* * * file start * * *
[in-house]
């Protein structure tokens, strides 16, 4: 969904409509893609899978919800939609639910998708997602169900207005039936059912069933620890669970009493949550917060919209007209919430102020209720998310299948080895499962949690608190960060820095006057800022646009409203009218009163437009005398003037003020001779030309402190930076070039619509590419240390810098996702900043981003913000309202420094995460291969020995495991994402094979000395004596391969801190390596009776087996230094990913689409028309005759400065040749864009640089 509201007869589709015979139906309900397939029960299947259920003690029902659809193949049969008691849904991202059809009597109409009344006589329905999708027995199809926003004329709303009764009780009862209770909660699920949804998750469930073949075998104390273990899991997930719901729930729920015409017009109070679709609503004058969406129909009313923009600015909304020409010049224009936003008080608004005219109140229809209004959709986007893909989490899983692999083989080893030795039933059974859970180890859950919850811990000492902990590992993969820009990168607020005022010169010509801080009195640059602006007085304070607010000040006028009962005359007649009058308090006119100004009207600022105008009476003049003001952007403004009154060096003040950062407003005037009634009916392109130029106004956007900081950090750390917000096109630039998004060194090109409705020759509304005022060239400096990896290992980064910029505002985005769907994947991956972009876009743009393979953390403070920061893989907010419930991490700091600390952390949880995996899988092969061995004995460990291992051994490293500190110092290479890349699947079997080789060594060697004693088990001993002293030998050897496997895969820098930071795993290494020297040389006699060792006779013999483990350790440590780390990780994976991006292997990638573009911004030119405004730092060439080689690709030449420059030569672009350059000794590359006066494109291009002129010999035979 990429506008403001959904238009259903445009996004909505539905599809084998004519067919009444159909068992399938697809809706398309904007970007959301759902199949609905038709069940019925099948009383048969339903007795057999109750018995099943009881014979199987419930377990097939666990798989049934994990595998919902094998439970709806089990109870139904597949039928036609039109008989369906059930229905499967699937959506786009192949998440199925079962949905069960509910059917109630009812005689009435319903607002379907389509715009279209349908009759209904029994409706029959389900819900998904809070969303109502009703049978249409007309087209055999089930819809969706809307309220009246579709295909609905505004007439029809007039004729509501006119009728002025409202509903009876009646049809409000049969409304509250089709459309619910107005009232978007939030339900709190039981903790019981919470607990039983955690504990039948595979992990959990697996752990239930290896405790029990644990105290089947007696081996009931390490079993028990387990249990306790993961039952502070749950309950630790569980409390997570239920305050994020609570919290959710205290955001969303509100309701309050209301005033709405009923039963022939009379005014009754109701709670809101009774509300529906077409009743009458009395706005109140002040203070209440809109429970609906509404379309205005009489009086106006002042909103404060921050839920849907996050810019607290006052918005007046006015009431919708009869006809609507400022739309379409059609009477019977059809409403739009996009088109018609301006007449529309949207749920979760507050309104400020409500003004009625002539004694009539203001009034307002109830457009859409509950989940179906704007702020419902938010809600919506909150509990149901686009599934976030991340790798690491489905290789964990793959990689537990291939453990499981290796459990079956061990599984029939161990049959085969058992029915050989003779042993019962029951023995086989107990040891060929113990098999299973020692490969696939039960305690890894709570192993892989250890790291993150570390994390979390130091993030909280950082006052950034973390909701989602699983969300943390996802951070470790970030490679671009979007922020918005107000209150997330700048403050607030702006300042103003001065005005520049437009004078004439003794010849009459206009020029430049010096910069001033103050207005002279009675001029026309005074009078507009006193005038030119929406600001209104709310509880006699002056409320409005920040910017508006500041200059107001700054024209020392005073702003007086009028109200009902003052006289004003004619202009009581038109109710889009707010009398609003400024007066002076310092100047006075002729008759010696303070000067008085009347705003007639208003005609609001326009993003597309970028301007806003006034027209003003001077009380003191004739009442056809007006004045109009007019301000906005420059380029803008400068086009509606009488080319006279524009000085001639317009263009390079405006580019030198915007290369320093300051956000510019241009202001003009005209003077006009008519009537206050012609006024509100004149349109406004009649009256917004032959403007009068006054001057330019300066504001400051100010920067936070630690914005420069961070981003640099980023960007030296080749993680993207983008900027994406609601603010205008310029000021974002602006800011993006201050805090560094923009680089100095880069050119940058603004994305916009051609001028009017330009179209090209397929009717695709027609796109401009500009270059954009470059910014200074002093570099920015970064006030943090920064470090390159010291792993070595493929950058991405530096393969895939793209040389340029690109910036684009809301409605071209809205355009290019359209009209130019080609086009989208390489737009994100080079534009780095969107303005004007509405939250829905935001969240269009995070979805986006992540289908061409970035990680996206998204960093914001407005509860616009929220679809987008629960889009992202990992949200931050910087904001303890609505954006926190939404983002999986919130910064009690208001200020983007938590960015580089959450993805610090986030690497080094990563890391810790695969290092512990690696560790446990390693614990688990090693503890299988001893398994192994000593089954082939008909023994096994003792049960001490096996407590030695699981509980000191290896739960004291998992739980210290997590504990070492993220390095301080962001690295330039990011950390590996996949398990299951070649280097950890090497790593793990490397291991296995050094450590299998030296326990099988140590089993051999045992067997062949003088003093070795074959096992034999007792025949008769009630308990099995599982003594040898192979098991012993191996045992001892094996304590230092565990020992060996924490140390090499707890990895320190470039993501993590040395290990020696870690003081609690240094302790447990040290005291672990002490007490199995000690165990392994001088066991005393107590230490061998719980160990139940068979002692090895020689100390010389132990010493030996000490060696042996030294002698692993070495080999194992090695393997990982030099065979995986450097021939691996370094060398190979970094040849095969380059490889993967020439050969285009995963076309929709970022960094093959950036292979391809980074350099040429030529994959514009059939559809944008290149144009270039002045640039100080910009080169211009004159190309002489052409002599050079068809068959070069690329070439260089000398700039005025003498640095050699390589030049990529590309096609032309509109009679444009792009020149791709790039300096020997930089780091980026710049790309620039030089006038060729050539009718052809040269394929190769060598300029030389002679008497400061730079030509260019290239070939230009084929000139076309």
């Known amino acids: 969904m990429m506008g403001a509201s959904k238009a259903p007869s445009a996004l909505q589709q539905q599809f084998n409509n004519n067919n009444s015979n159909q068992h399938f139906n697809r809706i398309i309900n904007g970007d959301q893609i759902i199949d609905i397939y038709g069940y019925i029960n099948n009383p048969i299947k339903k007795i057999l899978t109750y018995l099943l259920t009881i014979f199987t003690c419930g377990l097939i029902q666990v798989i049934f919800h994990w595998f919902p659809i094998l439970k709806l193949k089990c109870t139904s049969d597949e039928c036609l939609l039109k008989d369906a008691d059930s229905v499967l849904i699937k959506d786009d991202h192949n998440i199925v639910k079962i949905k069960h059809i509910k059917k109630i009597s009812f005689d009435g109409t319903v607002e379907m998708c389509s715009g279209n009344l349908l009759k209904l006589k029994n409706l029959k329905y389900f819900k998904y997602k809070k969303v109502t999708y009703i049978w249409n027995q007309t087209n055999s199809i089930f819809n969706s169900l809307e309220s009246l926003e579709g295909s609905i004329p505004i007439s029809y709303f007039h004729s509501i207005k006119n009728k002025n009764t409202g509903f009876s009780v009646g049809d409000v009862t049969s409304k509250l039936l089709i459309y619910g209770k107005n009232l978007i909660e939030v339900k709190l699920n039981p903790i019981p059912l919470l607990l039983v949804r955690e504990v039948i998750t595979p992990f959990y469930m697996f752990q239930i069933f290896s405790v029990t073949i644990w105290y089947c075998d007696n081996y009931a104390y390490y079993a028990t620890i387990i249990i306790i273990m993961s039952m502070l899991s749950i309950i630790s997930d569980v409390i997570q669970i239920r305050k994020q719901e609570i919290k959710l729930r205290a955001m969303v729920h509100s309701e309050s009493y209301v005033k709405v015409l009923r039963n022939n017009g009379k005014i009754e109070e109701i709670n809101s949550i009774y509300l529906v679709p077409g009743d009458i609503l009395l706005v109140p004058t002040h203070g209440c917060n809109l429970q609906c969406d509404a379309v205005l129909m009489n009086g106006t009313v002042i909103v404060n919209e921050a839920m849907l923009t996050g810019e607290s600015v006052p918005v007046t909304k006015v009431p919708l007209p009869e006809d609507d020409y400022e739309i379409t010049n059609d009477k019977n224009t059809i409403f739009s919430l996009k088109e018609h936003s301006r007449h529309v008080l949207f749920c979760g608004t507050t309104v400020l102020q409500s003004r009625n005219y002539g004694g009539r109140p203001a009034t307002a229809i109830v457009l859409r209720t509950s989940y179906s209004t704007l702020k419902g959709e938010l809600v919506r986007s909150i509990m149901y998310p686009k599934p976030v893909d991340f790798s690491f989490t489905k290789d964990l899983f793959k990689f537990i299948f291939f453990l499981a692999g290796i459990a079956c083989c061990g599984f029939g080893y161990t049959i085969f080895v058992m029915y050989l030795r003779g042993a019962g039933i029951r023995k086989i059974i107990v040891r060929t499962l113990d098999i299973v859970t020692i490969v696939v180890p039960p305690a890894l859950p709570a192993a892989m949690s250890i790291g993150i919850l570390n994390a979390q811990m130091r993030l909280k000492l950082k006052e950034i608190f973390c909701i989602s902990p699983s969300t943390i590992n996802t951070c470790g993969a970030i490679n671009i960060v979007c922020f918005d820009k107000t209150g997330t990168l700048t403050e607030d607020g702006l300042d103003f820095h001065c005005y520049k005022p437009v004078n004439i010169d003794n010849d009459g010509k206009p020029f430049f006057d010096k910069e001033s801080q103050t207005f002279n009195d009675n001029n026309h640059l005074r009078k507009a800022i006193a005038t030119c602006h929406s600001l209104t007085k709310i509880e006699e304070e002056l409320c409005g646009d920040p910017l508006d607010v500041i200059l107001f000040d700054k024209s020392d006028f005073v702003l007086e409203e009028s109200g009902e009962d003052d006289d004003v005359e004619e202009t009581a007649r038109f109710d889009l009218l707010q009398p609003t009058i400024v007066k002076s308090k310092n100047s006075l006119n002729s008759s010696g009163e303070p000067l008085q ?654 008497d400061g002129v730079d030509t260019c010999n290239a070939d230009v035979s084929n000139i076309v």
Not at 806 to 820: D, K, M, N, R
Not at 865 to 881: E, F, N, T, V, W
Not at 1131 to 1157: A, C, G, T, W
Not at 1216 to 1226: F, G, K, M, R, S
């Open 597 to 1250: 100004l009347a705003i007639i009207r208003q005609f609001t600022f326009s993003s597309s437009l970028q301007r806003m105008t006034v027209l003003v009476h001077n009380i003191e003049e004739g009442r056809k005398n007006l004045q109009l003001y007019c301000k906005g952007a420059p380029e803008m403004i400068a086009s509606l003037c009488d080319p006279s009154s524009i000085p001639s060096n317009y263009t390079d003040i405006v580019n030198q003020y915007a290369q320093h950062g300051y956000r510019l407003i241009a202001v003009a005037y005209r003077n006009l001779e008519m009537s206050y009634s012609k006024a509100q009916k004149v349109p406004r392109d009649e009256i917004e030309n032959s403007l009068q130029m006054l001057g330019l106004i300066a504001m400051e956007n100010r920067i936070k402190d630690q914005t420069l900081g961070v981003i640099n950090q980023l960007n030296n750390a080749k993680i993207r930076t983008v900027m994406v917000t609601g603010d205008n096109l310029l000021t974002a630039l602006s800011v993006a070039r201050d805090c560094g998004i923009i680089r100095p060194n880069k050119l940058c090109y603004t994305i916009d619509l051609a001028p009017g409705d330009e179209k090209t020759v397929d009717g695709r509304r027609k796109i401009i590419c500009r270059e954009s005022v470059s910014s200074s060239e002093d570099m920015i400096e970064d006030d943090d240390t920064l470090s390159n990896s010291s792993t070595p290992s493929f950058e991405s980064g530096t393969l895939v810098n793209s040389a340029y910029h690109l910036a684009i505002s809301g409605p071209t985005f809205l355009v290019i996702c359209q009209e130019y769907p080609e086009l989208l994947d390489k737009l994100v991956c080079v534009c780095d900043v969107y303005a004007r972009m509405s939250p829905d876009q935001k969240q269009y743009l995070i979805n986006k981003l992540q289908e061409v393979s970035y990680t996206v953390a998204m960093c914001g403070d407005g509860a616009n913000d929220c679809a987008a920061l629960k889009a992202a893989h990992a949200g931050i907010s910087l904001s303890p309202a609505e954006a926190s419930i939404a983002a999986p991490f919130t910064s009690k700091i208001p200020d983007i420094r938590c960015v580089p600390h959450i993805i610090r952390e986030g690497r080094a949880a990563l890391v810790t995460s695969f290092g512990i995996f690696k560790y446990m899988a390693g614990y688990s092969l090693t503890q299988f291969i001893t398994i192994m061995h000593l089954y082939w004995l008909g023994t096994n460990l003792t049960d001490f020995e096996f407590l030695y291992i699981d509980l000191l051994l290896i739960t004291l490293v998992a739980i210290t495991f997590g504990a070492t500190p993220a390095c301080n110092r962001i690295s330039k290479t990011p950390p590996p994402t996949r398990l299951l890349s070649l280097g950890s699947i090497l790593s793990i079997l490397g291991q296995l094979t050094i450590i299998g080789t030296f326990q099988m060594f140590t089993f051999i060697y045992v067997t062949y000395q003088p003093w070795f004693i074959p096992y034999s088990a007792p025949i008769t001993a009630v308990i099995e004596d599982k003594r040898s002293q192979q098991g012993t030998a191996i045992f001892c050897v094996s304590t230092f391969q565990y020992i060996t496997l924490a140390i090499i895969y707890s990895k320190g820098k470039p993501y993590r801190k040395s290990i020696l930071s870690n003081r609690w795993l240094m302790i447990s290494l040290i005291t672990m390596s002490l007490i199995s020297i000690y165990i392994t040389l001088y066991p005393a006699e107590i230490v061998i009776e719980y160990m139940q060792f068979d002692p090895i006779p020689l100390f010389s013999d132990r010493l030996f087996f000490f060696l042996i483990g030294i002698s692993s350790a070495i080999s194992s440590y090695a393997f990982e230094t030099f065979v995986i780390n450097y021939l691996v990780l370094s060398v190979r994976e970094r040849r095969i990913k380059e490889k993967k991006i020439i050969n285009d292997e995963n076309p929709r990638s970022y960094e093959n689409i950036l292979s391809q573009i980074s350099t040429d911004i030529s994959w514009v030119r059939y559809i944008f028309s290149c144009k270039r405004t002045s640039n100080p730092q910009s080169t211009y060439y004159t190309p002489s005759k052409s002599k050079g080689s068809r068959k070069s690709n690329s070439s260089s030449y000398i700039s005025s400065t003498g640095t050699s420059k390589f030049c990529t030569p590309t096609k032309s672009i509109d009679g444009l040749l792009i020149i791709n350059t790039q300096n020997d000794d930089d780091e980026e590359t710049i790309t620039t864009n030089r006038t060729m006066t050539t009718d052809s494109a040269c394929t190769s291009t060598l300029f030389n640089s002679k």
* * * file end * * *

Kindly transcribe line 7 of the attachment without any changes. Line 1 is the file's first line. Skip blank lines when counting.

Not at 1216 to 1226: F, G, K, M, R, S